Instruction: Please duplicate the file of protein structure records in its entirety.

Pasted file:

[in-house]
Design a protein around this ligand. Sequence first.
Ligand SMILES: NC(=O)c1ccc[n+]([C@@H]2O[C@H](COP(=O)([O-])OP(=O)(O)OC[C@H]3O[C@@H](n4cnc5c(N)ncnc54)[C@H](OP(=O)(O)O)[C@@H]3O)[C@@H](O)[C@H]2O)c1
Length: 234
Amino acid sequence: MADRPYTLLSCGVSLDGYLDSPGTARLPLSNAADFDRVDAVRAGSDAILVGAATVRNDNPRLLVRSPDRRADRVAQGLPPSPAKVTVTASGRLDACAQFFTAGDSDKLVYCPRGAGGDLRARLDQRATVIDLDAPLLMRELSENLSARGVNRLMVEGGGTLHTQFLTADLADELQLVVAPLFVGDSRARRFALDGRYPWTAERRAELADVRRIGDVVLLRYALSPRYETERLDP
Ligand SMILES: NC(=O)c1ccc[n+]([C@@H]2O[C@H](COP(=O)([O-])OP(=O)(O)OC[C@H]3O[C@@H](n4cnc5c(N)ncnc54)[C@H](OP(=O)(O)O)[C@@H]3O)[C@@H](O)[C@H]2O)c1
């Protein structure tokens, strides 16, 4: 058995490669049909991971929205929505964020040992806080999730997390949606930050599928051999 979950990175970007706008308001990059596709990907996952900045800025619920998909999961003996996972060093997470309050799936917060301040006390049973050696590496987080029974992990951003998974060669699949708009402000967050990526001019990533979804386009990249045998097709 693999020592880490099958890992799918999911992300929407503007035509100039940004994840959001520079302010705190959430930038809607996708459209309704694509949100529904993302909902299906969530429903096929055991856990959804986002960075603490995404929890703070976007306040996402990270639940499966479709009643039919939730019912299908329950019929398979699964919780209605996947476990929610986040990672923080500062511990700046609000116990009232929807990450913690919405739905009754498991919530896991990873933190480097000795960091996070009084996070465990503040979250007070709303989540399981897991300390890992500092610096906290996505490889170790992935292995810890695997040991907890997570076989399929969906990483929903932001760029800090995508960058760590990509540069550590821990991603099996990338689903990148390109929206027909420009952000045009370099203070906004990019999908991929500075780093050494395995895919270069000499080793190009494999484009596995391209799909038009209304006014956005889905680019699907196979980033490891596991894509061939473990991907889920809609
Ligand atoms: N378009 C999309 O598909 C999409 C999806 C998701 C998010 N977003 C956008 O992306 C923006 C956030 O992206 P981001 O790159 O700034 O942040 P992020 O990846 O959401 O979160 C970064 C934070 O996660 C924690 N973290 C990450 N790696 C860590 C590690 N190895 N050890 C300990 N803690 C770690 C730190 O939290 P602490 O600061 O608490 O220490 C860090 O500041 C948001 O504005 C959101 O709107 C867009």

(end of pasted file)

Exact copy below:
[in-house]
Design a protein around this ligand. Sequence first.
Ligand SMILES: NC(=O)c1ccc[n+]([C@@H]2O[C@H](COP(=O)([O-])OP(=O)(O)OC[C@H]3O[C@@H](n4cnc5c(N)ncnc54)[C@H](OP(=O)(O)O)[C@@H]3O)[C@@H](O)[C@H]2O)c1
Length: 234
Amino acid sequence: MADRPYTLLSCGVSLDGYLDSPGTARLPLSNAADFDRVDAVRAGSDAILVGAATVRNDNPRLLVRSPDRRADRVAQGLPPSPAKVTVTASGRLDACAQFFTAGDSDKLVYCPRGAGGDLRARLDQRATVIDLDAPLLMRELSENLSARGVNRLMVEGGGTLHTQFLTADLADELQLVVAPLFVGDSRARRFALDGRYPWTAERRAELADVRRIGDVVLLRYALSPRYETERLDP
Ligand SMILES: NC(=O)c1ccc[n+]([C@@H]2O[C@H](COP(=O)([O-])OP(=O)(O)OC[C@H]3O[C@@H](n4cnc5c(N)ncnc54)[C@H](OP(=O)(O)O)[C@@H]3O)[C@@H](O)[C@H]2O)c1
């Protein structure tokens, strides 16, 4: 058995490669049909991971929205929505964020040992806080999730997390949606930050599928051999 979950990175970007706008308001990059596709990907996952900045800025619920998909999961003996996972060093997470309050799936917060301040006390049973050696590496987080029974992990951003998974060669699949708009402000967050990526001019990533979804386009990249045998097709 693999020592880490099958890992799918999911992300929407503007035509100039940004994840959001520079302010705190959430930038809607996708459209309704694509949100529904993302909902299906969530429903096929055991856990959804986002960075603490995404929890703070976007306040996402990270639940499966479709009643039919939730019912299908329950019929398979699964919780209605996947476990929610986040990672923080500062511990700046609000116990009232929807990450913690919405739905009754498991919530896991990873933190480097000795960091996070009084996070465990503040979250007070709303989540399981897991300390890992500092610096906290996505490889170790992935292995810890695997040991907890997570076989399929969906990483929903932001760029800090995508960058760590990509540069550590821990991603099996990338689903990148390109929206027909420009952000045009370099203070906004990019999908991929500075780093050494395995895919270069000499080793190009494999484009596995391209799909038009209304006014956005889905680019699907196979980033490891596991894509061939473990991907889920809609
Ligand atoms: N378009 C999309 O598909 C999409 C999806 C998701 C998010 N977003 C956008 O992306 C923006 C956030 O992206 P981001 O790159 O700034 O942040 P992020 O990846 O959401 O979160 C970064 C934070 O996660 C924690 N973290 C990450 N790696 C860590 C590690 N190895 N050890 C300990 N803690 C770690 C730190 O939290 P602490 O600061 O608490 O220490 C860090 O500041 C948001 O504005 C959101 O709107 C867009």